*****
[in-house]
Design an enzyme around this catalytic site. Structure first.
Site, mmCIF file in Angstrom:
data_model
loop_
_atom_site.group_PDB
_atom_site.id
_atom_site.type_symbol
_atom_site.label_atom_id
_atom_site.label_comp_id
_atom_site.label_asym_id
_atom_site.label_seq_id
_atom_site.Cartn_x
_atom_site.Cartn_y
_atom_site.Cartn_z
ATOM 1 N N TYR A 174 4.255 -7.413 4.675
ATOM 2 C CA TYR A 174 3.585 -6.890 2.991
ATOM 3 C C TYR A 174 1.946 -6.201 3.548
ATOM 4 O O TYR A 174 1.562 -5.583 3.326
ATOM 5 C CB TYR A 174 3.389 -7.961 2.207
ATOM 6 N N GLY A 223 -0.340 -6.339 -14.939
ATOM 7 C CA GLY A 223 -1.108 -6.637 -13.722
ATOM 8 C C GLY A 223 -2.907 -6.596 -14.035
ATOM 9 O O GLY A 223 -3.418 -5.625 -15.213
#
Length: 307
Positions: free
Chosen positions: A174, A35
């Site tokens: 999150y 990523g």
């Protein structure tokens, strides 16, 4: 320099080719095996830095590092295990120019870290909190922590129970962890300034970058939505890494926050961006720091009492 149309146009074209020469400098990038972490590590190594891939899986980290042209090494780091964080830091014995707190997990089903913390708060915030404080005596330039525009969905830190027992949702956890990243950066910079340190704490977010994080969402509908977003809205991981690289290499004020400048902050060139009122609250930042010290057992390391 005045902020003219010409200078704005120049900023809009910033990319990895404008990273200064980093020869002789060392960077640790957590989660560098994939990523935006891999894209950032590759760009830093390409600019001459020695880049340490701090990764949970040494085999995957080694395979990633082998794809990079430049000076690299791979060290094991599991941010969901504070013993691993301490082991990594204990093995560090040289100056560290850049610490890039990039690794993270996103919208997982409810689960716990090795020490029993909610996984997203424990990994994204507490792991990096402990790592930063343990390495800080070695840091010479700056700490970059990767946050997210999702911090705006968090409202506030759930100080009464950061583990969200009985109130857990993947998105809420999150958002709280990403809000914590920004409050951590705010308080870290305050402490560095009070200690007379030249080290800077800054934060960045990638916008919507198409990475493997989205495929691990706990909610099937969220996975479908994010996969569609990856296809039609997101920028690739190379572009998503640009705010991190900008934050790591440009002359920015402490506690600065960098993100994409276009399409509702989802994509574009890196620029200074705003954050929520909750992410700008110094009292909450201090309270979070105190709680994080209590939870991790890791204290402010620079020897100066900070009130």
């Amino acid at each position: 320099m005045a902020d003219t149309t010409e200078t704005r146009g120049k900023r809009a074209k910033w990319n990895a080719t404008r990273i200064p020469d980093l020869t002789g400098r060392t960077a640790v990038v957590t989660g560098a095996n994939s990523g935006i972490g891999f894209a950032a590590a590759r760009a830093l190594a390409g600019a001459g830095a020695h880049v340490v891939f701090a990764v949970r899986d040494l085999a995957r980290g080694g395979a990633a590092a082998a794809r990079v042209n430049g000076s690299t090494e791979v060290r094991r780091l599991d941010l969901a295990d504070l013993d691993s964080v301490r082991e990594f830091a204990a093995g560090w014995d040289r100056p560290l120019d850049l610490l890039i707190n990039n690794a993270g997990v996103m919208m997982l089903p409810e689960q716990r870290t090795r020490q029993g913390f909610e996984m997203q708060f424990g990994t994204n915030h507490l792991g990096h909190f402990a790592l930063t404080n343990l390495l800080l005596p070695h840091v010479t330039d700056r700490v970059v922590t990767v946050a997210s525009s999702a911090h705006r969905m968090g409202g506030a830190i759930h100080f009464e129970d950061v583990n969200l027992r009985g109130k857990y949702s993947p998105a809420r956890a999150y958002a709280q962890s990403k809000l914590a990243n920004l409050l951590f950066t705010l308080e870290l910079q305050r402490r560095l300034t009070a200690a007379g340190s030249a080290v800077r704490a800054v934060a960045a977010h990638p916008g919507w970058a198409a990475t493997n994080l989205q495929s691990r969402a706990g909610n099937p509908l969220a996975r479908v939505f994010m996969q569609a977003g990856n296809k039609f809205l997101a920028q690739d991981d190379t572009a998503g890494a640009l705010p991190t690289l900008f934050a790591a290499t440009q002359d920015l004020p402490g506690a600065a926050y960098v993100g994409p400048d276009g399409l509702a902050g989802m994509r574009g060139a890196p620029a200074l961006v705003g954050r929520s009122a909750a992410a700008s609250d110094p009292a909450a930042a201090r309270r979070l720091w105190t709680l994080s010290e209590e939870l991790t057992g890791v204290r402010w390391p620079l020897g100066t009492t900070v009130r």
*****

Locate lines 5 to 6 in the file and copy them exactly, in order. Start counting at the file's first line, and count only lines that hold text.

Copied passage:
loop_
_atom_site.group_PDB